Europe

English city to show off gold Roman coins found with metal detector

Oct. 17, 2012: In this undated photo released by St Albans City and District Council, late Roman gold coins, examples of the solidus, a high-value coin struck in the late fourth century, are photographed before going on display at the Verulamium Museum, St Albans, England. A curator at the museum says the coins, found on private land north of St. Albans, would have been used for major transactions such as buying land or ship cargoes.

Oct. 17, 2012: In this undated photo released by St Albans City and District Council, late Roman gold coins, examples of the solidus, a high-value coin struck in the late fourth century, are photographed before going on display at the Verulamium Museum, St Albans, England. A curator at the museum says the coins, found on private land north of St. Albans, would have been used for major transactions such as buying land or ship cargoes.  (AP/St Albans City and District Council)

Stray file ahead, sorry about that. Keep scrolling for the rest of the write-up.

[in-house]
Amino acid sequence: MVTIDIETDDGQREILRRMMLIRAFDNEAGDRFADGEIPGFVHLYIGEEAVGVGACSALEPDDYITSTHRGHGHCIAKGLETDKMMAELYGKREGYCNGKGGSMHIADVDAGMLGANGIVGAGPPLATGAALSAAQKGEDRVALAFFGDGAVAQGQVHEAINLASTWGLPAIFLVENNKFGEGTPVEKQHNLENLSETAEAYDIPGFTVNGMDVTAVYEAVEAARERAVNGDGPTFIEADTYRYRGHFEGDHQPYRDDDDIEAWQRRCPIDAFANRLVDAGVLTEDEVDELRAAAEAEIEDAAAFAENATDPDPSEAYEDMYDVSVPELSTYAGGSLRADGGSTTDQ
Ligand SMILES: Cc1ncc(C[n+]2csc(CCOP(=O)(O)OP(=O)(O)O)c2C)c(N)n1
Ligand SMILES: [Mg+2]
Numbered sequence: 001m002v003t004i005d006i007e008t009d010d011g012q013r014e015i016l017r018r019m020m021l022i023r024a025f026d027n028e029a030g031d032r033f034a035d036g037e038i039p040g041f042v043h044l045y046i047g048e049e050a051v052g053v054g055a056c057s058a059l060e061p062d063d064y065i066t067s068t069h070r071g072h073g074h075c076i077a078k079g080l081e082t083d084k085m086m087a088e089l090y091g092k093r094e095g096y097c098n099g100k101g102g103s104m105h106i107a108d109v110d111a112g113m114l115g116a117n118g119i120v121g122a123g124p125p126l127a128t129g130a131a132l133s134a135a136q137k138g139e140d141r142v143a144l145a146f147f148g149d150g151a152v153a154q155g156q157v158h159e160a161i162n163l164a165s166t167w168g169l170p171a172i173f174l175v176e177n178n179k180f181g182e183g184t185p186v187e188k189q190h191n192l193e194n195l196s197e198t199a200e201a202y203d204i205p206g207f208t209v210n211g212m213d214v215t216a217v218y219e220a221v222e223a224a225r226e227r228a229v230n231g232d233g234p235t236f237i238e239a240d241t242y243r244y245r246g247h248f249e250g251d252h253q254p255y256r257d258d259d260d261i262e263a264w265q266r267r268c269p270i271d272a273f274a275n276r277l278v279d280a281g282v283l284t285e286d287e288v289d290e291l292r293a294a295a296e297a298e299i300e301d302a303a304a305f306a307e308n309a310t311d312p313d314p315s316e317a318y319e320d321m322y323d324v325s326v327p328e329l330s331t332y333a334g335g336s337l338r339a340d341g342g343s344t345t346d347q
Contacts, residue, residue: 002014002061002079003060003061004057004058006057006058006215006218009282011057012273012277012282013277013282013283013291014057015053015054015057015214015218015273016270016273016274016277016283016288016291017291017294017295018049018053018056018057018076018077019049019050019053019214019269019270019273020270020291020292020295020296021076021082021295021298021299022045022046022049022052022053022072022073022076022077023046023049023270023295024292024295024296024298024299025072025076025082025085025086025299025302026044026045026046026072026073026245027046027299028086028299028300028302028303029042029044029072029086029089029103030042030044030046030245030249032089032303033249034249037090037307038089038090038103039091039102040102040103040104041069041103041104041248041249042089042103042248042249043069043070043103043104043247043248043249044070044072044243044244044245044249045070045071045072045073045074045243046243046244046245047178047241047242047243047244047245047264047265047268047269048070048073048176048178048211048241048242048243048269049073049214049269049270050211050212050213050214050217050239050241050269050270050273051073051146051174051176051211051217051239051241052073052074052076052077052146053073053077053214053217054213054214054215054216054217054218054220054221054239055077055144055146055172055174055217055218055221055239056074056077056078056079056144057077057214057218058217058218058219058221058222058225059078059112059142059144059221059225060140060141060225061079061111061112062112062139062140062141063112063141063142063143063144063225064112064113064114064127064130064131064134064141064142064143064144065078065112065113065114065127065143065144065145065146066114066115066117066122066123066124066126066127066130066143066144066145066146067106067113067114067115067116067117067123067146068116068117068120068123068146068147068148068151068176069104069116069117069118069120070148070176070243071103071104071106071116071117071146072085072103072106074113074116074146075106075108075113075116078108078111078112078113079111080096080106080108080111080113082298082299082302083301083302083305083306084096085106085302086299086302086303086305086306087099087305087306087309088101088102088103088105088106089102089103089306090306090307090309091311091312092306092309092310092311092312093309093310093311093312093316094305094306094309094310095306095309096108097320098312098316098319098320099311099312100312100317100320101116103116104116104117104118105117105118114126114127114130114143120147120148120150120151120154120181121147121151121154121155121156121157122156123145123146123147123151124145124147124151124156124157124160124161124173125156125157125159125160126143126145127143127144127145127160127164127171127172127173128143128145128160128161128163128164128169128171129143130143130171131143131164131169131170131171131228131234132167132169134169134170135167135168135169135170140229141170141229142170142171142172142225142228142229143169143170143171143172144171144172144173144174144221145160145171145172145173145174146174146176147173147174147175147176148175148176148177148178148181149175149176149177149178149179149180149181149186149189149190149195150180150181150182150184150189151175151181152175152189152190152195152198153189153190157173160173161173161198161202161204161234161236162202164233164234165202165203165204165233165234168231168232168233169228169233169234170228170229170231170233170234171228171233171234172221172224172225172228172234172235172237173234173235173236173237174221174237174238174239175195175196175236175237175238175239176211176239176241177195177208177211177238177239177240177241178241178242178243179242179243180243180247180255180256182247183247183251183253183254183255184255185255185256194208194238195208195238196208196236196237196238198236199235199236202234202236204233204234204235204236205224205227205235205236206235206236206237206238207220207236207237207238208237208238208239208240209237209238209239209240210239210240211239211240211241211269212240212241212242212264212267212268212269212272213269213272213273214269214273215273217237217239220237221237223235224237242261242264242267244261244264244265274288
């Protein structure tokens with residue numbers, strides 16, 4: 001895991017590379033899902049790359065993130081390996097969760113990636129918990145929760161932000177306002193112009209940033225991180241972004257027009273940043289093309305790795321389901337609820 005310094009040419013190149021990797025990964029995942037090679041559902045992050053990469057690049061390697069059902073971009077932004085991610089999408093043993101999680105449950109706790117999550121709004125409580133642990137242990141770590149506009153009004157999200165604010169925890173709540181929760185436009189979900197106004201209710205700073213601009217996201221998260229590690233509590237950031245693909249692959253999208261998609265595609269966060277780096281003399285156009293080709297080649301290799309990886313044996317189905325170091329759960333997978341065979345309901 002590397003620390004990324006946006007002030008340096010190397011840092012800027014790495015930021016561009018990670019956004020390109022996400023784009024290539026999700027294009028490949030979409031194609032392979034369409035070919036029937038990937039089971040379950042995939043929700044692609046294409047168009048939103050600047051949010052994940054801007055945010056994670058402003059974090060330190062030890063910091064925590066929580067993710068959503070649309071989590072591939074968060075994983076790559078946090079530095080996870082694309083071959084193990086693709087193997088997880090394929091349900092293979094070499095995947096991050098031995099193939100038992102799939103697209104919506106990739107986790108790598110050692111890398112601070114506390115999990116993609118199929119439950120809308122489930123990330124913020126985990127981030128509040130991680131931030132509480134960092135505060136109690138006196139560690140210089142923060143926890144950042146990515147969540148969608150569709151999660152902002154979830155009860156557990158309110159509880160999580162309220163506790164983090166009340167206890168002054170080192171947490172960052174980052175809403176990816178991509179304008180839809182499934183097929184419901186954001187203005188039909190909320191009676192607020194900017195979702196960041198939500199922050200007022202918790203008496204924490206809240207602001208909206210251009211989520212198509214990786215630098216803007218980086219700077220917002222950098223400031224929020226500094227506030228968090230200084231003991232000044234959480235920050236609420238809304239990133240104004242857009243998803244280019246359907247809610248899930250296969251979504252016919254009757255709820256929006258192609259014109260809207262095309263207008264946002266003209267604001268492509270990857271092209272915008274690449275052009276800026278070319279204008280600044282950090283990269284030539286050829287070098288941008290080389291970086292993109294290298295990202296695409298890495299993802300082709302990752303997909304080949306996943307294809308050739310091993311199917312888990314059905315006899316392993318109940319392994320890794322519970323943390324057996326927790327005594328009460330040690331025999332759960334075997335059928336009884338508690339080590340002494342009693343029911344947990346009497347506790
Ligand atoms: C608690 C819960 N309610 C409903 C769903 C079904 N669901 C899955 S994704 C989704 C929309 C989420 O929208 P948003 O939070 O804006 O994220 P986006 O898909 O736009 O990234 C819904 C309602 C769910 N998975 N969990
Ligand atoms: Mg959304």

The English city of St. Albans will be displaying a large batch of late Roman gold coins found by an amateur using a metal detector.

City official Claire Wainwright said Wednesday the 159 coins can be seen later this week at the Verulamium Museum.

The coins are example of the solidus, a high-value coin struck in the late 4th century. David Thorold, a curator at the museum, says the coins would have been used for major transactions such as buying land or ship cargoes.

Officials say the coins were found on private land north of St. Albans but have not identified the site.

St. Albans, which is 22 miles north of London, also boasts a Roman theater and ruins of ancient walls.